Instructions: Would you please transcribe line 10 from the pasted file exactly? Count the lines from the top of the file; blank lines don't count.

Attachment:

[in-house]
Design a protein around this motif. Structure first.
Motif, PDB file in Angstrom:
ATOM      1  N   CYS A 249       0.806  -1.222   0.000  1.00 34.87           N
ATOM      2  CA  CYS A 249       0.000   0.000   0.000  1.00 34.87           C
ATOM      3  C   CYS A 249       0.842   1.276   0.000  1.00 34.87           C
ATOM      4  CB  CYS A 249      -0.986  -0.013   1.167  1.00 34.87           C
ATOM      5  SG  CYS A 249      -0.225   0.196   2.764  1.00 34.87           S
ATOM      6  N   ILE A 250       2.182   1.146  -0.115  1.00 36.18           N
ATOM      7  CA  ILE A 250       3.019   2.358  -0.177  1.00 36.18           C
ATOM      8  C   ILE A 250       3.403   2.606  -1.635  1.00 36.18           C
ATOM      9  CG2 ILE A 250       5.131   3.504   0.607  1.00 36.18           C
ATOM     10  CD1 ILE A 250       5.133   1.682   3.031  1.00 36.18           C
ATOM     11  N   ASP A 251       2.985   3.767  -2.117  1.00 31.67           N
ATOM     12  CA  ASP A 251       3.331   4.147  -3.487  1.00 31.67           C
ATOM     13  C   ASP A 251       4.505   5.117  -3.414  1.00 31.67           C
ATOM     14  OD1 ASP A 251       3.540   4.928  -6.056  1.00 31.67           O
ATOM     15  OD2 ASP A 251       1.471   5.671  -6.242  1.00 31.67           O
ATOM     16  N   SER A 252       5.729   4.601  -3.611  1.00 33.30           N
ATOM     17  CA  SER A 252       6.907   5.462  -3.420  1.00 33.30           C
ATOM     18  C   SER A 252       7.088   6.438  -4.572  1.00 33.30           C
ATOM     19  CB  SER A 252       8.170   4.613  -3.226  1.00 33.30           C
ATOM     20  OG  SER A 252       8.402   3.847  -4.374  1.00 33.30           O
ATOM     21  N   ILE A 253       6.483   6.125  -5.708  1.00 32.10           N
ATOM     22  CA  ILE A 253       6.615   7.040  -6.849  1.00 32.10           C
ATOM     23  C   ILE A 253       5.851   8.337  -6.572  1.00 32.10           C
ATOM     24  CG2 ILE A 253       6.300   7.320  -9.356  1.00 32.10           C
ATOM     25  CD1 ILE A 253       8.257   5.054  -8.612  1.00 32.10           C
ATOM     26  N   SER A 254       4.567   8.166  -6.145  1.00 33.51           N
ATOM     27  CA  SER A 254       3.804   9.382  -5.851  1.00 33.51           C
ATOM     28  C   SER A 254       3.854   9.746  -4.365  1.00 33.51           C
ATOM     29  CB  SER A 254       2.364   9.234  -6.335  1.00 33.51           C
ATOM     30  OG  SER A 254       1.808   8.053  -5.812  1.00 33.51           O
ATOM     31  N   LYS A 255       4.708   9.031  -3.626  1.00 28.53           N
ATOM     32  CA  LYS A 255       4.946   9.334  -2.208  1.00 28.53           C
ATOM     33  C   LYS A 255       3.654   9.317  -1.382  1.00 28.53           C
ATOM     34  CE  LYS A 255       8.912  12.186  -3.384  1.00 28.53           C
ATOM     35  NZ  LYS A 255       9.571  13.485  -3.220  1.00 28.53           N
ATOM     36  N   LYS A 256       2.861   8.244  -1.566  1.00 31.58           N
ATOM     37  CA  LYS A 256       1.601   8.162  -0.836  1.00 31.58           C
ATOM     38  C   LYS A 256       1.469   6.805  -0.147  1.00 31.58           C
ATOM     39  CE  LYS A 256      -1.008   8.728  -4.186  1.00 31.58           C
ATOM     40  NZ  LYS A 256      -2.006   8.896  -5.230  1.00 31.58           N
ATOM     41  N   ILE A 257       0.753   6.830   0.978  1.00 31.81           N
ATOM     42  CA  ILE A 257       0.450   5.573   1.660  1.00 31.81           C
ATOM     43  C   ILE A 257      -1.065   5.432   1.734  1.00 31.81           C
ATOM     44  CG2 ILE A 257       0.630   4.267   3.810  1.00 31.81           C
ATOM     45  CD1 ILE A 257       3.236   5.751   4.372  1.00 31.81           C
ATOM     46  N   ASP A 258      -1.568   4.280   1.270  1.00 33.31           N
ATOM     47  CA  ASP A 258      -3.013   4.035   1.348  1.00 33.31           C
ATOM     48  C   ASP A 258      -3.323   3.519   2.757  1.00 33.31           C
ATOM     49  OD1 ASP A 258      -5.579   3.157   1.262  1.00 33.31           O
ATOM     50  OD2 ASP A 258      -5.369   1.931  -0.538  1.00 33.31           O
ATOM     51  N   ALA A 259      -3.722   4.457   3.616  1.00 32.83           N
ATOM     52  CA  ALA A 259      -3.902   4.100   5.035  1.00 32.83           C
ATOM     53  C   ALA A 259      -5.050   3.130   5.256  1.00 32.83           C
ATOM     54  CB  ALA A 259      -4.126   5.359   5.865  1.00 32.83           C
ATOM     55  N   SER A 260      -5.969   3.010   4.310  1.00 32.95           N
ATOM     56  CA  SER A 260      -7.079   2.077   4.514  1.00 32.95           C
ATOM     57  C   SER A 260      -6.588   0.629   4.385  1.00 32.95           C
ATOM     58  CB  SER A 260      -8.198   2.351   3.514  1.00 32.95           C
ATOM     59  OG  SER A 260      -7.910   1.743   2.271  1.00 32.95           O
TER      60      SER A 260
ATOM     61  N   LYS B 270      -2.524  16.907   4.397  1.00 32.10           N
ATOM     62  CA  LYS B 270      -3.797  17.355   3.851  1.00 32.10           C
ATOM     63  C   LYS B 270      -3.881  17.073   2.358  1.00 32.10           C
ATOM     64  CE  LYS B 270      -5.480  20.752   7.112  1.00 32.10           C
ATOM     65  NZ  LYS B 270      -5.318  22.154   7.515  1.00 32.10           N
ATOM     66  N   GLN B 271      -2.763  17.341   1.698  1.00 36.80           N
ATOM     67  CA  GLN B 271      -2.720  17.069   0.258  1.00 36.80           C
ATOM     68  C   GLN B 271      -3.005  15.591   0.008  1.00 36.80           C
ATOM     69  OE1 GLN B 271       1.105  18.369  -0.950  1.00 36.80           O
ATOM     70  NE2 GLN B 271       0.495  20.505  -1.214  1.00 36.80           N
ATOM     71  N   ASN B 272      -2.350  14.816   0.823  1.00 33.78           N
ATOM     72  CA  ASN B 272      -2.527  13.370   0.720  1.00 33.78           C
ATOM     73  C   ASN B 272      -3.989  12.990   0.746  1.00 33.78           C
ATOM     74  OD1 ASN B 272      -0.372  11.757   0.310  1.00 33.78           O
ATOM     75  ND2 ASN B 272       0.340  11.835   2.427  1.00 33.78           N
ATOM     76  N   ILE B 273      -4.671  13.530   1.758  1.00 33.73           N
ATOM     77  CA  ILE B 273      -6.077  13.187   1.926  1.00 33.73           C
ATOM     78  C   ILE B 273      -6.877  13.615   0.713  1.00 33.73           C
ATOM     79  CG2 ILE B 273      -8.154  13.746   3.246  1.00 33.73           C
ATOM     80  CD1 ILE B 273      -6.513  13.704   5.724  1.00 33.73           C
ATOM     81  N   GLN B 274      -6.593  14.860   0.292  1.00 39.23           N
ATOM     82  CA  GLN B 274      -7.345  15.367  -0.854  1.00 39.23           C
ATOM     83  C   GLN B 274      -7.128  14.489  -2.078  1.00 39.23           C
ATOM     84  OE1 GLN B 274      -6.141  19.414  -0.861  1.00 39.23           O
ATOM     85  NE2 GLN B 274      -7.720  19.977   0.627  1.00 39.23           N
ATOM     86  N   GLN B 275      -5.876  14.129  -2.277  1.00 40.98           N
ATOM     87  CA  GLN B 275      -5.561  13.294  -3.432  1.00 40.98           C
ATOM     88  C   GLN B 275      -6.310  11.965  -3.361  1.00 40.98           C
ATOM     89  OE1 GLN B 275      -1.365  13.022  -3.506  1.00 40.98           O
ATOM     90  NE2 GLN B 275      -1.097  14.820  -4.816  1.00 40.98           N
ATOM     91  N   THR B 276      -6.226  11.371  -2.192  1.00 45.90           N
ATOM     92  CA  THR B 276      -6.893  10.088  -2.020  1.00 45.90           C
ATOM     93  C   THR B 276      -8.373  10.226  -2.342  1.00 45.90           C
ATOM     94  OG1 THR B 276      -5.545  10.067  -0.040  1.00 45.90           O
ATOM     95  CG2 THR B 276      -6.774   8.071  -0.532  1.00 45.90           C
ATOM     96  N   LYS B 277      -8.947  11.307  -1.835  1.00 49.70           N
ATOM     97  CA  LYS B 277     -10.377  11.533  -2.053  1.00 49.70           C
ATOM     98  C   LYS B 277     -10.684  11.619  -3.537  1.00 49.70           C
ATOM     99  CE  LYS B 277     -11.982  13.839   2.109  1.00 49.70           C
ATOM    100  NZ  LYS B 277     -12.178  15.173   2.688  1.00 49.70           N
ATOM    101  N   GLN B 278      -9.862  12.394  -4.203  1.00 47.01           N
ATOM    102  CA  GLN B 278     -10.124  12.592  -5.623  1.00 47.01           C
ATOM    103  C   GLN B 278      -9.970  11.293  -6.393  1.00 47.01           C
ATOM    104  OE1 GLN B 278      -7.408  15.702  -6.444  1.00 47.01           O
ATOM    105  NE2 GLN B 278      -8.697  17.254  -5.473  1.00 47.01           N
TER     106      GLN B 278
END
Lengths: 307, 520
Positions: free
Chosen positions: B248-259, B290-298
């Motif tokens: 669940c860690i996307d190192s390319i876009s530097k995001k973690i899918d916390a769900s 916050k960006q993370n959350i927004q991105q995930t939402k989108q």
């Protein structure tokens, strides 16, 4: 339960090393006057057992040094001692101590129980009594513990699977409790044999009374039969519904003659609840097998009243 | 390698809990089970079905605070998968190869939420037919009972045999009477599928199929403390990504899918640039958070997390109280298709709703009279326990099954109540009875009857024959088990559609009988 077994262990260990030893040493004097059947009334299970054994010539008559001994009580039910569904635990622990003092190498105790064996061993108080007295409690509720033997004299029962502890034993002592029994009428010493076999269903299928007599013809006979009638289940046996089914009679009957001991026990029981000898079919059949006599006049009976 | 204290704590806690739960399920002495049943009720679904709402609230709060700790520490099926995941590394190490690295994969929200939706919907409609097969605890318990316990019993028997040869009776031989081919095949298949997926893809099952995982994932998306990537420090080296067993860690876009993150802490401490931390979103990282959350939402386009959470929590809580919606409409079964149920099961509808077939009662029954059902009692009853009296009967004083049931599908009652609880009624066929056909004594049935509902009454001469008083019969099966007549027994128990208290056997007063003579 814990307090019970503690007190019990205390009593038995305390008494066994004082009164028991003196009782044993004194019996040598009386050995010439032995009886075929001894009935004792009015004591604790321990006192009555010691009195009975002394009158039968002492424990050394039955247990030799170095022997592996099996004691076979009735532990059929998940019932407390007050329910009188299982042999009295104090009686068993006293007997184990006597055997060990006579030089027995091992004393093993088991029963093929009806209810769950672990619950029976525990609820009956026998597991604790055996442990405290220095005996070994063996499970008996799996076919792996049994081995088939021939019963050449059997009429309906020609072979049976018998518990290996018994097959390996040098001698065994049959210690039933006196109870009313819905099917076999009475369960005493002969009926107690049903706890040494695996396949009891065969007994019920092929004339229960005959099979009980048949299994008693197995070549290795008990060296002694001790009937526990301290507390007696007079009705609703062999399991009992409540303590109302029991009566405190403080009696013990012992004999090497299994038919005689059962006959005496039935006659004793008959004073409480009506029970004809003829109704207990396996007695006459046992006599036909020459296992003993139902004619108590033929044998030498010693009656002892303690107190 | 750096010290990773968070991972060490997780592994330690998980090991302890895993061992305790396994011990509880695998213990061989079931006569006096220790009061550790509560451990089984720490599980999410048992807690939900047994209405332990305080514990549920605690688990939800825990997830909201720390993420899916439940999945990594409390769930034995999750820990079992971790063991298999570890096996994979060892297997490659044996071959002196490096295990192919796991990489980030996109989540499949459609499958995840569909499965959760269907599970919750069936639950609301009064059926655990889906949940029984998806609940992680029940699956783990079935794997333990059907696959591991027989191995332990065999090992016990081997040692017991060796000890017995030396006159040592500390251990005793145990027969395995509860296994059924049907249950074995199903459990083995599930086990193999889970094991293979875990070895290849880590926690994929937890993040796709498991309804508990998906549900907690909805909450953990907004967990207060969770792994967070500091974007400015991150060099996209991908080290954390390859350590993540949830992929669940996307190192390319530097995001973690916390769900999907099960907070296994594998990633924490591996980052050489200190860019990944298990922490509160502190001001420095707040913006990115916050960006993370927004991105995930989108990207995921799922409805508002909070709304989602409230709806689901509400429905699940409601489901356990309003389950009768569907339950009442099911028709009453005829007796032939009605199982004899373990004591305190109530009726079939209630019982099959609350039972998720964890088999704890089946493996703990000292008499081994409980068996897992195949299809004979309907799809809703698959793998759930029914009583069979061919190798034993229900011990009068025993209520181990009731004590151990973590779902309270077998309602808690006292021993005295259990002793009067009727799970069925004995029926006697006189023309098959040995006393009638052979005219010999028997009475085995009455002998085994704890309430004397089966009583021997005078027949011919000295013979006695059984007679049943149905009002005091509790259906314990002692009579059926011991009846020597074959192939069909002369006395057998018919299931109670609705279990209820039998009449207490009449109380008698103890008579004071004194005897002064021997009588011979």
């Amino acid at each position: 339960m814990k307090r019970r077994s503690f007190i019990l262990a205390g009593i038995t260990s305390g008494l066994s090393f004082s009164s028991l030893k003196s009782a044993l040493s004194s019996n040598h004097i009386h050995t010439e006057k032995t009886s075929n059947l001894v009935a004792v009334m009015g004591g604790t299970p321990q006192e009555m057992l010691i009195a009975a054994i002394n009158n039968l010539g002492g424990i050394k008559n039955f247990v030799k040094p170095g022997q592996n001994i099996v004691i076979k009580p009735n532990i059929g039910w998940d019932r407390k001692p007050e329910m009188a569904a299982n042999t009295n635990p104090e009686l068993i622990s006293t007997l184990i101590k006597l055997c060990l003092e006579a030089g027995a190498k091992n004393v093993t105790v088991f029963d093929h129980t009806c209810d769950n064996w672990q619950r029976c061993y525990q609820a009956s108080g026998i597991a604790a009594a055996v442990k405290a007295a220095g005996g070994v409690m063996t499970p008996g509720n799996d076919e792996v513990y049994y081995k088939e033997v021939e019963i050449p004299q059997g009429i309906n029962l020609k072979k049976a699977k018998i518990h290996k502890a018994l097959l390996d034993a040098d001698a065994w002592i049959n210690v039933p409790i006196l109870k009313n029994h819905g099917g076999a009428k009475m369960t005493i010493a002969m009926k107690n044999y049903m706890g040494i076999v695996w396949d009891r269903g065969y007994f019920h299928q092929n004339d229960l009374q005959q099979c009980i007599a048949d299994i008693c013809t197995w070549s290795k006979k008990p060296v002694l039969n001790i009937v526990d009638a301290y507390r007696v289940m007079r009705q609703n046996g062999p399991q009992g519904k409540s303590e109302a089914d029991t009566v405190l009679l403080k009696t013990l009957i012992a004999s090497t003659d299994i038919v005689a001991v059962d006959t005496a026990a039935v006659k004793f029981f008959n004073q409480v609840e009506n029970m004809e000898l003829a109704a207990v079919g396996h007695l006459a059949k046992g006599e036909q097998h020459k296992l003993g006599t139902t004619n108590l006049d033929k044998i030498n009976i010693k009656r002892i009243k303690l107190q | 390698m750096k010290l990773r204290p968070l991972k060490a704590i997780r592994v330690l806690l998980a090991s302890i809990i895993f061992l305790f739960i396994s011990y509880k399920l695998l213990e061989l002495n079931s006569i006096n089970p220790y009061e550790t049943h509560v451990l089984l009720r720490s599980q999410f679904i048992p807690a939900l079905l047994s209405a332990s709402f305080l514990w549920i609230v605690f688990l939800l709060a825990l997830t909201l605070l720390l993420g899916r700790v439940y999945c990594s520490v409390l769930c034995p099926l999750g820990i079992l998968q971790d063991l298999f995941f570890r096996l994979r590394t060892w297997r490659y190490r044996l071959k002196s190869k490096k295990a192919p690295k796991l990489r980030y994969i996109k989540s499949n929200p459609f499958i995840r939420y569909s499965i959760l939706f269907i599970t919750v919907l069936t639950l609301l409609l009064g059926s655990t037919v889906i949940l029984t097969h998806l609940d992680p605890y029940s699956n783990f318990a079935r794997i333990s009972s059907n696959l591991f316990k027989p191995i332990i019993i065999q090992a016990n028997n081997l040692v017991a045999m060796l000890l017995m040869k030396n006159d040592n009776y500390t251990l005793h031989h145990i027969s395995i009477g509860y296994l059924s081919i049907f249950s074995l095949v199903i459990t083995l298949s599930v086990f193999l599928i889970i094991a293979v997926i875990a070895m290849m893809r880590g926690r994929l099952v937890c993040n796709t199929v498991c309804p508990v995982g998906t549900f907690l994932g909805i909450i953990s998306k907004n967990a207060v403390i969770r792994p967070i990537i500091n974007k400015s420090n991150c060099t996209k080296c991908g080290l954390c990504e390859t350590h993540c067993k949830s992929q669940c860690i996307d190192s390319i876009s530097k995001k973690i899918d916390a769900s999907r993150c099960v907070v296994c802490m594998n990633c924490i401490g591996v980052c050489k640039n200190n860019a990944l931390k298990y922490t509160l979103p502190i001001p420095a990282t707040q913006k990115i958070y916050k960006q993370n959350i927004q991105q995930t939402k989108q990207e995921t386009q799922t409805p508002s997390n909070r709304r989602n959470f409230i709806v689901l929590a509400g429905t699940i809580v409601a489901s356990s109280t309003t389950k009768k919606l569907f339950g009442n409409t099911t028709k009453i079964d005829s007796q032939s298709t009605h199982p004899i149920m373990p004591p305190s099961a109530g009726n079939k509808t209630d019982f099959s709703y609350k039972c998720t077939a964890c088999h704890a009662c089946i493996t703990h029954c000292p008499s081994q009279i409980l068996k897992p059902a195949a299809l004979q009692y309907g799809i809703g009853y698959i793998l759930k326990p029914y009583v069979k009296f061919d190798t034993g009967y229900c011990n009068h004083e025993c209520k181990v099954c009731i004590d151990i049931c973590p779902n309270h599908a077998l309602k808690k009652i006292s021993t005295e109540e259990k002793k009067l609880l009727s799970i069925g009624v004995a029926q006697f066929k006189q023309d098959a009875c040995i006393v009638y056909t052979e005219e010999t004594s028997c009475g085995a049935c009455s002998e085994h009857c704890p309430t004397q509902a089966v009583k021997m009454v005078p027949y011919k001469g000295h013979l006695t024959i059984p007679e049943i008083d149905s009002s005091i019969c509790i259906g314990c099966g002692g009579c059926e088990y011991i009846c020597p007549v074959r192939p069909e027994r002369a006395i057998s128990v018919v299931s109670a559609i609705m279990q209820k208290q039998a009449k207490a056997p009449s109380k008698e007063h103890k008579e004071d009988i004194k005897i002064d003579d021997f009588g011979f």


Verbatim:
ATOM      7  CA  ILE A 250       3.019   2.358  -0.177  1.00 36.18           C